Posted by Tom Foremski - November 6, 2010
A simple wireless connection can bring the power of multiple supercomputers to a simple cell phone using cloud computing, the most powerful collection of technologies produced so far.
Yet the concept of cloud computing isn't well recognized even among some of our foremost technology leaders.
Take for example, Eric Schmidt, CEO of Google and Jared Cohen, Director of Google Ideas. They recently co-published a long article The Digital Disruption, in Foreign Affairs magazine, the flagship publication of the Council on Foreign Relations.
They also spoke at the organization's CEO Speaker series. Here is part of a report by Anne Nelson writing for PBS Mediashift:
"I'm extraordinarily excited about the scale of the mobile revolution," Schmidt said. "... There are four to five billion mobile phones of one kind or another and we are approaching a billion smart phones."
Schmidt added that the effect of Moore's Law will be to transform smart phones into the world's dominant communications platform in the near future.
The implications of the mobile revolution, he said, "are just beginning to be understood. But remember that these devices are more powerful than supercomputers were a few years ago, and we are putting them in the hands of people who've never had anything like it before."
In the article and the talk, Mr Schmidt focuses on the power of the smart phone, and that it has the capabilities of a supercomputer from a few years ago. That might be true of some smart phones, but not of the "four to five billion mobile phones of one kind or another" that are out there.
It's extraordinary that Mr Schmidt and Mr Cohen made no mention of cloud computing. Because with cloud computing, those four to five billion mobile phones can have the power of a supercomputer from today -- not from several years ago.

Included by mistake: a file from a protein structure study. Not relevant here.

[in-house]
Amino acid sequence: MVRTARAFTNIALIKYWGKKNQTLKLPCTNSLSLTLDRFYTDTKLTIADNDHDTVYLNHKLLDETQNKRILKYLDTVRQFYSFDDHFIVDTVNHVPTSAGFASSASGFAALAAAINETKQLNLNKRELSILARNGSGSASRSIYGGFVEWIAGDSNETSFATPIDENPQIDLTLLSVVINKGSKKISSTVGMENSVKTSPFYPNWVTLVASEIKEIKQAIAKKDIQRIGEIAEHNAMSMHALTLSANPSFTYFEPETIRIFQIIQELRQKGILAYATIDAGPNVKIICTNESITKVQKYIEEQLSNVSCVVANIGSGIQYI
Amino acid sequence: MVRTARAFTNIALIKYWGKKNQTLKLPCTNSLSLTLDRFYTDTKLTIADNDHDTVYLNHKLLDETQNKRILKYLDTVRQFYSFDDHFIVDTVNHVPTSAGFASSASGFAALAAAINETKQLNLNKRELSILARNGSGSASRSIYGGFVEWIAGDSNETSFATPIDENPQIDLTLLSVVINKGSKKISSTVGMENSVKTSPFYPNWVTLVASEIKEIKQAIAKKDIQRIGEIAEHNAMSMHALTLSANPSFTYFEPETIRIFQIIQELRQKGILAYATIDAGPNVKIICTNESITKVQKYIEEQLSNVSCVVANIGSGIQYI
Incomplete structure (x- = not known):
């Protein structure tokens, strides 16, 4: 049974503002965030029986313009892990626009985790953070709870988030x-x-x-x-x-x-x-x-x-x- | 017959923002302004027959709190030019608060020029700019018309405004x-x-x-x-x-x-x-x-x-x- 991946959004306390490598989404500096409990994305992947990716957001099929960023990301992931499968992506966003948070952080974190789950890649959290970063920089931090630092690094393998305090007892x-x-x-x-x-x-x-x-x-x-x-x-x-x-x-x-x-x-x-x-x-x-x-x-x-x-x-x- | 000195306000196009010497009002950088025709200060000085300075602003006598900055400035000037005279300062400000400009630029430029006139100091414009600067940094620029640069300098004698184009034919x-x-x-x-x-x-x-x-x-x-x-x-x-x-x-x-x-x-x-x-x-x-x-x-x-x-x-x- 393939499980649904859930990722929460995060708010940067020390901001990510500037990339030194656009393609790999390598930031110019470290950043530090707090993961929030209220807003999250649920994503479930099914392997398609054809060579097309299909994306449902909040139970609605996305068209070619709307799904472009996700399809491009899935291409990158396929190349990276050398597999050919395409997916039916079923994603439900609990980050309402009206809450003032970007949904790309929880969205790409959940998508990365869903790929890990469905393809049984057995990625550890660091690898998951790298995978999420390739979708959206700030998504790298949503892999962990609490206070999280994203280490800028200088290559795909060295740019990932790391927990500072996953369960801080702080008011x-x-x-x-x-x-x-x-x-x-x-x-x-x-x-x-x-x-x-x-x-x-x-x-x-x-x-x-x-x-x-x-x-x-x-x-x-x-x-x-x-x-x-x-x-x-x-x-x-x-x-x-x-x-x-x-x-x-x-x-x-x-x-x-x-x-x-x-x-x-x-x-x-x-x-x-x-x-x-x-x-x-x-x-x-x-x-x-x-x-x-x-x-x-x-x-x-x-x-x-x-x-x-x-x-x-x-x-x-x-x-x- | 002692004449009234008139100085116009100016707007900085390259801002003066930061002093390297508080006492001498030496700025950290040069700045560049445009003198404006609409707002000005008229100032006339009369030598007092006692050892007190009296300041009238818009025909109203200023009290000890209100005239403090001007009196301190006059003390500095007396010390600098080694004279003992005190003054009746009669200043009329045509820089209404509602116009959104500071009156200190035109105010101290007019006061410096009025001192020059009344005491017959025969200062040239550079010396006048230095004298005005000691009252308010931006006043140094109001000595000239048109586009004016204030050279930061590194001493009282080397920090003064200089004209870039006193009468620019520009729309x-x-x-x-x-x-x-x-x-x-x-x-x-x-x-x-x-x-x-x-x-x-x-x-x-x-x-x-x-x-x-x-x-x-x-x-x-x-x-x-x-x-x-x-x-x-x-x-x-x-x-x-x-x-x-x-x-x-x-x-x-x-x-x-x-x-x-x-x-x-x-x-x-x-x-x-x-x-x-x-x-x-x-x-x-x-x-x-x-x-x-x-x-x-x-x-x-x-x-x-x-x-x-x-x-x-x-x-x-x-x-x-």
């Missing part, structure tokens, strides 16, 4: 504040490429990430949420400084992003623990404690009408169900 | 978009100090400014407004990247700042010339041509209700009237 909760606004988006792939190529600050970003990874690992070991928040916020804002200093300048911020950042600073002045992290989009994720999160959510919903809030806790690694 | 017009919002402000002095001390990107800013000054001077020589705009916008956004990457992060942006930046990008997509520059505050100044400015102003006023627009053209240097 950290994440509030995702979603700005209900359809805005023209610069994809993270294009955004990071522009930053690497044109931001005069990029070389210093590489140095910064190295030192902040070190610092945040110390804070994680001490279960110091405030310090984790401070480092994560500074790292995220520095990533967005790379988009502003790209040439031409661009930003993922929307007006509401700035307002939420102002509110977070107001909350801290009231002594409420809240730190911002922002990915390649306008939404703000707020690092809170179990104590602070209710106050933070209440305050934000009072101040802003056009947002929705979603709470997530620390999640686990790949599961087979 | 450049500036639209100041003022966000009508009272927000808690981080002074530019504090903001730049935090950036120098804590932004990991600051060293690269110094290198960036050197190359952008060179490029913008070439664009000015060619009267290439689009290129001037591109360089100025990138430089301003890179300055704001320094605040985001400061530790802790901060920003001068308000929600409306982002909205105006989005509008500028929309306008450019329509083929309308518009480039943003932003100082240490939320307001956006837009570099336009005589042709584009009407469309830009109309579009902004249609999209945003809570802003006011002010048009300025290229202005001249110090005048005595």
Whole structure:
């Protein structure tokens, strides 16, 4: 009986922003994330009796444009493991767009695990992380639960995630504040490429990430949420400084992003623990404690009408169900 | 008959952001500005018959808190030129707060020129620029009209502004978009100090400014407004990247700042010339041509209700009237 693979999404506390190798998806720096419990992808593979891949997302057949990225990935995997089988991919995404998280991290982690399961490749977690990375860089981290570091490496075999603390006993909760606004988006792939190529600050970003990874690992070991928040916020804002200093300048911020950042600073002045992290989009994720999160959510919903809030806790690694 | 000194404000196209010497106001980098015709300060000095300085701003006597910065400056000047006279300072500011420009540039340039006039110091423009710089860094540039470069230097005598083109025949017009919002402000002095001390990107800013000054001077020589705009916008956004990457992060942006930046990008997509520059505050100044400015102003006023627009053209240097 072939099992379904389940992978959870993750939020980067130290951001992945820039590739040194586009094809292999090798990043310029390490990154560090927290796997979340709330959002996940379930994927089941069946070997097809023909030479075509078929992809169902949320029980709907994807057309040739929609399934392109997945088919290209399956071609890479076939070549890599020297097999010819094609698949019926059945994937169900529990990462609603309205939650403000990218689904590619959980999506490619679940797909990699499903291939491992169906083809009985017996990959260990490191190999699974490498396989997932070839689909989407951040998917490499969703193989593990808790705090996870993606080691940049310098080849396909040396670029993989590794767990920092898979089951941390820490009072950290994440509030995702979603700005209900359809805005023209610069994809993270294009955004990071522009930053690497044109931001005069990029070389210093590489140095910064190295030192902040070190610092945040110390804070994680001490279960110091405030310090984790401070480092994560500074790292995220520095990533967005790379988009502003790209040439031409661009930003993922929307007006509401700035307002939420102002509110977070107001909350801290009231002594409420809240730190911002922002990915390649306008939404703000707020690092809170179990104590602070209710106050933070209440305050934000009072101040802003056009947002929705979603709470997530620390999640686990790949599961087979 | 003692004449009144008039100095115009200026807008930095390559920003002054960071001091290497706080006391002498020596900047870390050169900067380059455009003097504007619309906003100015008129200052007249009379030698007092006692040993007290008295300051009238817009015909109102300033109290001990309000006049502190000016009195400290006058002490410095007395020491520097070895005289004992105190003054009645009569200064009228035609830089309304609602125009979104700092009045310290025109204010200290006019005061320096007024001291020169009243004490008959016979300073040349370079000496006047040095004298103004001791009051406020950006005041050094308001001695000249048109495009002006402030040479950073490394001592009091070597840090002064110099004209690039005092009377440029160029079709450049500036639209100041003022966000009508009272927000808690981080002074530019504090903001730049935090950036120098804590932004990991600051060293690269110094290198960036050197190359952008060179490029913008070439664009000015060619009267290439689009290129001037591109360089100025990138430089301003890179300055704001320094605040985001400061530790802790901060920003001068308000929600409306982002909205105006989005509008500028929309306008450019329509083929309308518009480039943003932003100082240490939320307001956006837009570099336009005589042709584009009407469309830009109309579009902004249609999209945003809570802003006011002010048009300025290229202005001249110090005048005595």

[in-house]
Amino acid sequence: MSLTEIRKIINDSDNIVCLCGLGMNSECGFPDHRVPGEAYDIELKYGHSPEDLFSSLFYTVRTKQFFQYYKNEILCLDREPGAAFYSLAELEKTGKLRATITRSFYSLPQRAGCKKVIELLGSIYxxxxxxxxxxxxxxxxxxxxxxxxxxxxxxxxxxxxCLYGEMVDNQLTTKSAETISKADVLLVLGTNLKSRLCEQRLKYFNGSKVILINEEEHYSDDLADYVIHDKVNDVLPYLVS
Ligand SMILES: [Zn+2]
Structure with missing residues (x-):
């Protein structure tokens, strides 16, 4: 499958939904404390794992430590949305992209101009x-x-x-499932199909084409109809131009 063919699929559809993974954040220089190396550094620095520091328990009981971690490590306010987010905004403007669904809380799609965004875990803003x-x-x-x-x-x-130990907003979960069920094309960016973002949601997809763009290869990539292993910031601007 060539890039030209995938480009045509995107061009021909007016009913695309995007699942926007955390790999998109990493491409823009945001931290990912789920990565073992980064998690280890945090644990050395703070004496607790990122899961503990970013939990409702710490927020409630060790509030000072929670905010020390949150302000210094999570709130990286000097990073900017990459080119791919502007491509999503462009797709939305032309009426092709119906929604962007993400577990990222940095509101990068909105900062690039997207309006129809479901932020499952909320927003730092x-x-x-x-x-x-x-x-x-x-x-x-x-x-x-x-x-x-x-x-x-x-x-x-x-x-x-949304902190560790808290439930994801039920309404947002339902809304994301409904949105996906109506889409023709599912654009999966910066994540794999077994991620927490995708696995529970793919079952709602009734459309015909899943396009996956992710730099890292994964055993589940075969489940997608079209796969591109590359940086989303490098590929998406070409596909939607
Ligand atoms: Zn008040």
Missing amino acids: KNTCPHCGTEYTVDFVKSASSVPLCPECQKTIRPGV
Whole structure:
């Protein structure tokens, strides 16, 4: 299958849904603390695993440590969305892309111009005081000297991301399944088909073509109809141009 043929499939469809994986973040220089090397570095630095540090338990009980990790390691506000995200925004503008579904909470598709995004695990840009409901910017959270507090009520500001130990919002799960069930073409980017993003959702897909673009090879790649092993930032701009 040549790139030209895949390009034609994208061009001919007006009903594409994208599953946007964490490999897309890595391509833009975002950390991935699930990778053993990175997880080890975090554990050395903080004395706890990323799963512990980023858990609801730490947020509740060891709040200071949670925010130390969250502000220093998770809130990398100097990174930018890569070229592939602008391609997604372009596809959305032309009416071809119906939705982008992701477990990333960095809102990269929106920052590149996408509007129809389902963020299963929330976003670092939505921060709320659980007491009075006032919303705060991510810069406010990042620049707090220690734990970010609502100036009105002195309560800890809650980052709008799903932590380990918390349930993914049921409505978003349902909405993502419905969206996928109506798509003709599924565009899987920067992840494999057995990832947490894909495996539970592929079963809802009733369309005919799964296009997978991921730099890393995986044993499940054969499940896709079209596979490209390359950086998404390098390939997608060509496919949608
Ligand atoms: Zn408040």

I recently spoke with Ram Menon, Executive VP of Worldwide Marketing at Tibco Software. He travels a lot in India, and other developing economies such as Brazil.
"It's incredible how many people can now afford a simple cell phone. And it's incredible what you can do with simple text messaging. Farmers can get real-time pricing information on their crops, and much more. There's even a whole grass roots industry around powering cell phones, such as ways to convert a bicycle into a cell phone charging station. In remote places where there is no electric power, people can still use their mobile phones."
With a simple text message system you can bring the power of a supercomputer to the cheapest and simplest mobile phones via cloud computing. For many important applications there is no need to place supercomputing power in the device itself.
Simple cell phones can act as smart phones today, thanks to the cloud. That's an amazing technological advance.
It's strange that Messers Schmidt and Cohen have failed to notice this technology, and what it can do -- especially since they work at Google, which operates the largest cloud computing platform.
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